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Two common genetic variants near nuclear encoded OXPHOS genes are associated with insulin secretion in vivo.

Author:
  • Anders H Olsson
  • Tina Rönn
  • Claes Ladenvall
  • Hemang Parikh
  • Bo Isomaa
  • Leif Groop
  • Charlotte Ling
Publishing year: 2011
Language: English
Pages: 765-771
Publication/Series: European Journal of Endocrinology
Volume: 164
Issue: 5
Document type: Journal article
Publisher: Society of the European Journal of Endocrinology

Abstract english

Context Mitochondrial ATP production is important in the regulation of glucose-stimulated insulin secretion. Genetic factors may modulate the capacity of the β-cells to secrete insulin and thereby contribute to the risk of type 2 diabetes. OBJECTIVE: The aim of this study was to identify genetic loci in or adjacent to nuclear encoded genes of the oxidative phosphorylation (OXPHOS) pathway that are associated with insulin secretion in vivo. DESIGN AND METHODS: To find polymorphisms associated with glucose-stimulated insulin secretion, data from a genome-wide association study (GWAS) of 1467 non-diabetic individuals, the Diabetes Genetic Initiative (DGI), was examined. 413 single nucleotide polymorphisms (SNPs) with a minor allele frequency (MAF) ≥0.05 located in or adjacent to 76 OXPHOS genes were included in the DGI GWAS. A more extensive population based study of 4323 non-diabetics, the PPP-Botnia, was used as a replication cohort. Insulinogenic index during an oral glucose tolerance test (OGTT) was used as a surrogate marker of glucose-stimulated insulin secretion. Multivariate linear regression analyses were used to test genotype-phenotype associations. RESULTS: Two common variants were indentified in the DGI, where the major C-allele of rs606164, adjacent to NDUFC2 (NADH dehyrogenase (ubiqinone) 1 subunit C2), and the minor G-allele of rs1323070, adjacent to COX7A2 (cythochrome c oxidase subunit VIIa polypeptide 2), showed nominal associations with decreased glucose-stimulated insulin secretion (p=0.0009 respective p=0.003). These associations were replicated in PPP-Botnia (p=0.002 and p=0.05). CONCLUSION: Our study shows that genetic variation near genes involved in oxidative phosphorylation may influence glucose-stimulated insulin secretion in vivo.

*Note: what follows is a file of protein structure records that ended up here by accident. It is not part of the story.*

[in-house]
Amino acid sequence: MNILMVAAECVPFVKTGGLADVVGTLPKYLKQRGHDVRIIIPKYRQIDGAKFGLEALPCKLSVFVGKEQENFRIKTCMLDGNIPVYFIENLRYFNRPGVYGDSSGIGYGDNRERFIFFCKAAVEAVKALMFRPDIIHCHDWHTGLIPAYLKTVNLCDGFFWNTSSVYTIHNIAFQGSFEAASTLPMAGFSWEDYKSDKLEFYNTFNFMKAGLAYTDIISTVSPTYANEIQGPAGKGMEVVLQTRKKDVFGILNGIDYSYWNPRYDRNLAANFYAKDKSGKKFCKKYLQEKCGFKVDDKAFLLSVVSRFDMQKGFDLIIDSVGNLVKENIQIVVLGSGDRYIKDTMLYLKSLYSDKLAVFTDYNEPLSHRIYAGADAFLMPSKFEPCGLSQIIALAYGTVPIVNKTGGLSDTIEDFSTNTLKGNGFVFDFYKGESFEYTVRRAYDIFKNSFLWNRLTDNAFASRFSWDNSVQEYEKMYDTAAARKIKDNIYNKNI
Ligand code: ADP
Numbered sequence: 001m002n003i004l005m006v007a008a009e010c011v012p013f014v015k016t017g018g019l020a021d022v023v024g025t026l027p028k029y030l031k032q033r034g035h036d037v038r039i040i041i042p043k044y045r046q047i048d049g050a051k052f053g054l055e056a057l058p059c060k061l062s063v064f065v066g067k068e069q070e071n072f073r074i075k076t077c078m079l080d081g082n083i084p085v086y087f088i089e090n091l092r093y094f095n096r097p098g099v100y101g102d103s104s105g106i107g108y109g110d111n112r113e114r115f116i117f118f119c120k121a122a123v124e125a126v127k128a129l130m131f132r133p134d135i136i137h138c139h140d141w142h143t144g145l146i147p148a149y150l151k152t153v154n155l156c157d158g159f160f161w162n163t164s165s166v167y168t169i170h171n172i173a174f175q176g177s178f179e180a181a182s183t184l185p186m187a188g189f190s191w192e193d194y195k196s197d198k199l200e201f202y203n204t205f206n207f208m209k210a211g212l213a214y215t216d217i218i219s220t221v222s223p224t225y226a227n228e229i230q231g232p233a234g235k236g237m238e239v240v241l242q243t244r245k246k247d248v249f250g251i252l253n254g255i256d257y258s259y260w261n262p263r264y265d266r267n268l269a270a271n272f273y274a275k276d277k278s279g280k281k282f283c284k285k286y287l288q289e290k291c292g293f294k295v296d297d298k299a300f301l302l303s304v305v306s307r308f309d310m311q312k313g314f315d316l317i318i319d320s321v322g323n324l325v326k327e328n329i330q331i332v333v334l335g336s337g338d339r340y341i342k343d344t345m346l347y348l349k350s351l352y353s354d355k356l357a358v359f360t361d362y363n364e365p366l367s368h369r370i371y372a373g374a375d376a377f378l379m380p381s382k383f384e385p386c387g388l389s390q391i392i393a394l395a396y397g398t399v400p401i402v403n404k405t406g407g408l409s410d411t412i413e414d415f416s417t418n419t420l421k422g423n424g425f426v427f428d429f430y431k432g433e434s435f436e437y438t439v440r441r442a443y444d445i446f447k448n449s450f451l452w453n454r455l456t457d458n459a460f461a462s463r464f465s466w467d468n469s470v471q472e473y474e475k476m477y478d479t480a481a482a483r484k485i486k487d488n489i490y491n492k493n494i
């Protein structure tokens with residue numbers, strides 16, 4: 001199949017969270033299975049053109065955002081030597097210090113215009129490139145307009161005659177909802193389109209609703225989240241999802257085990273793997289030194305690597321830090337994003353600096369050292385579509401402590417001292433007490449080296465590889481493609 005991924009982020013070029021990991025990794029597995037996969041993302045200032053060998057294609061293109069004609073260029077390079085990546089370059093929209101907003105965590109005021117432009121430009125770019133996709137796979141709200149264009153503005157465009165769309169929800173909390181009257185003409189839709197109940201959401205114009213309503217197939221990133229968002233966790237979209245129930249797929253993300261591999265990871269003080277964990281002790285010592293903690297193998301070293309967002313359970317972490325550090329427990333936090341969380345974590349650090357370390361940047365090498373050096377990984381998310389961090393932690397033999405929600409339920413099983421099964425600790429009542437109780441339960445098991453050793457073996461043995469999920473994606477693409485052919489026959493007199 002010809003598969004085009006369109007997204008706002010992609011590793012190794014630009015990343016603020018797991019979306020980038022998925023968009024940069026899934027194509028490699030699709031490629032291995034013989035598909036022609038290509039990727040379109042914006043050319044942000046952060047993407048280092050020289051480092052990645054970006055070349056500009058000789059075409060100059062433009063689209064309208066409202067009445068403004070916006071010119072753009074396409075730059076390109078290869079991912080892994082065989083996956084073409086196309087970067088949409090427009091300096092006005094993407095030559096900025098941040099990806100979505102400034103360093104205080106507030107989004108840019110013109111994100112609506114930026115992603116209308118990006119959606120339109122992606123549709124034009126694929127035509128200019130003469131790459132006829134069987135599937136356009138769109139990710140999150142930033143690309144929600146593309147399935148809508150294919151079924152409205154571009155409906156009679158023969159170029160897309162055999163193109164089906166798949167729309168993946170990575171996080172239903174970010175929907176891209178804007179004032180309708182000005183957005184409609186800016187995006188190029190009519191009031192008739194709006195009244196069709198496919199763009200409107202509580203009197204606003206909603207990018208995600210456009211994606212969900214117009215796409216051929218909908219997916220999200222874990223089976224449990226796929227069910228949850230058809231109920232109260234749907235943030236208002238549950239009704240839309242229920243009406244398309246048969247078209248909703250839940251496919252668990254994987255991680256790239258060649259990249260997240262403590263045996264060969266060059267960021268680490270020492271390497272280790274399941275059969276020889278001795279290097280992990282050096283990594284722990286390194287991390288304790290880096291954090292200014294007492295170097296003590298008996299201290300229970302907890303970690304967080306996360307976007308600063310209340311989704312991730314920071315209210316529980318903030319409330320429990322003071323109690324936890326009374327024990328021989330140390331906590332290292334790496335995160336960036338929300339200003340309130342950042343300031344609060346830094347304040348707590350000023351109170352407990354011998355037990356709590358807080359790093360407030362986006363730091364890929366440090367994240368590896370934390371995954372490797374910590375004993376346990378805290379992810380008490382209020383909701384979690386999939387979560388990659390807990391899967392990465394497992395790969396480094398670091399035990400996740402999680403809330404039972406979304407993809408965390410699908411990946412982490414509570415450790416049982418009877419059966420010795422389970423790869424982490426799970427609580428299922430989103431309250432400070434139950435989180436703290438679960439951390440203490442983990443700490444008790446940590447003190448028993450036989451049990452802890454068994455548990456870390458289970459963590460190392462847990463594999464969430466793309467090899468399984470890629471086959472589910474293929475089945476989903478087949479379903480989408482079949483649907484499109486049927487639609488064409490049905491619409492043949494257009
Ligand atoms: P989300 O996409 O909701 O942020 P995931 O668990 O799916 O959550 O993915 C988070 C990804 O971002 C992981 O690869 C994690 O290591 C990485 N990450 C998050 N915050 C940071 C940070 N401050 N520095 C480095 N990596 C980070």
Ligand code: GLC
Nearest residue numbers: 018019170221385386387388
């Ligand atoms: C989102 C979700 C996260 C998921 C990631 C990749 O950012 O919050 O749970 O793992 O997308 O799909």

Keywords

  • Endocrinology and Diabetes

Other

Published
  • Diabetes and Endocrinology
  • ISSN: 1479-683X
Tina Rönn
E-mail: tina.ronn [at] med.lu.se

Assistant researcher

Epigenetics and Diabetes

+46 40 39 12 18

CRC 91-12-021

33

Lund University Diabetes Centre, CRC, SUS Malmö, Entrance 72, House 91:12. SE-205 02 Malmö. Telephone: +46 40 39 10 00